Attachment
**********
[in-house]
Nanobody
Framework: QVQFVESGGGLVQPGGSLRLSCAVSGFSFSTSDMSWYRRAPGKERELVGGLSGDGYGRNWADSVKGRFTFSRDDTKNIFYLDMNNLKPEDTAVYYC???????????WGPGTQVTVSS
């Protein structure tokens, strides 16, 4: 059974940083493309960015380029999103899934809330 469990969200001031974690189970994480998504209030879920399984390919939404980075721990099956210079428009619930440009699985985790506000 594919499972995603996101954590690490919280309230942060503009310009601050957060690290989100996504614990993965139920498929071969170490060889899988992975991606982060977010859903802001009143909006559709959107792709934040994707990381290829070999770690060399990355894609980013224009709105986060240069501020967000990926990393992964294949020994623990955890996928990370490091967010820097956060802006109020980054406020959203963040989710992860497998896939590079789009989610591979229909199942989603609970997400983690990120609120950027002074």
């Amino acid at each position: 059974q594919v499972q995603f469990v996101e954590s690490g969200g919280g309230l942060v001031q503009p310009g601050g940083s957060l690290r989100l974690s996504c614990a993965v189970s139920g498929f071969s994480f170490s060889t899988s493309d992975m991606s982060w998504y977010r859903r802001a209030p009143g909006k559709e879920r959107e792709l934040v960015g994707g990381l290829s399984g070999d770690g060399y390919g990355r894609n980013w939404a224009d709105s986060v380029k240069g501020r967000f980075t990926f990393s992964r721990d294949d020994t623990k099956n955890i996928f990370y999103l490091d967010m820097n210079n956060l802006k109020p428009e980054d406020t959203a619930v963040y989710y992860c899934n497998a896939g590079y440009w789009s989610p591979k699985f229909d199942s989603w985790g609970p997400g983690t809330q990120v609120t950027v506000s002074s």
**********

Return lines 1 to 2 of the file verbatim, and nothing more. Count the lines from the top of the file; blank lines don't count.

[in-house]
Nanobody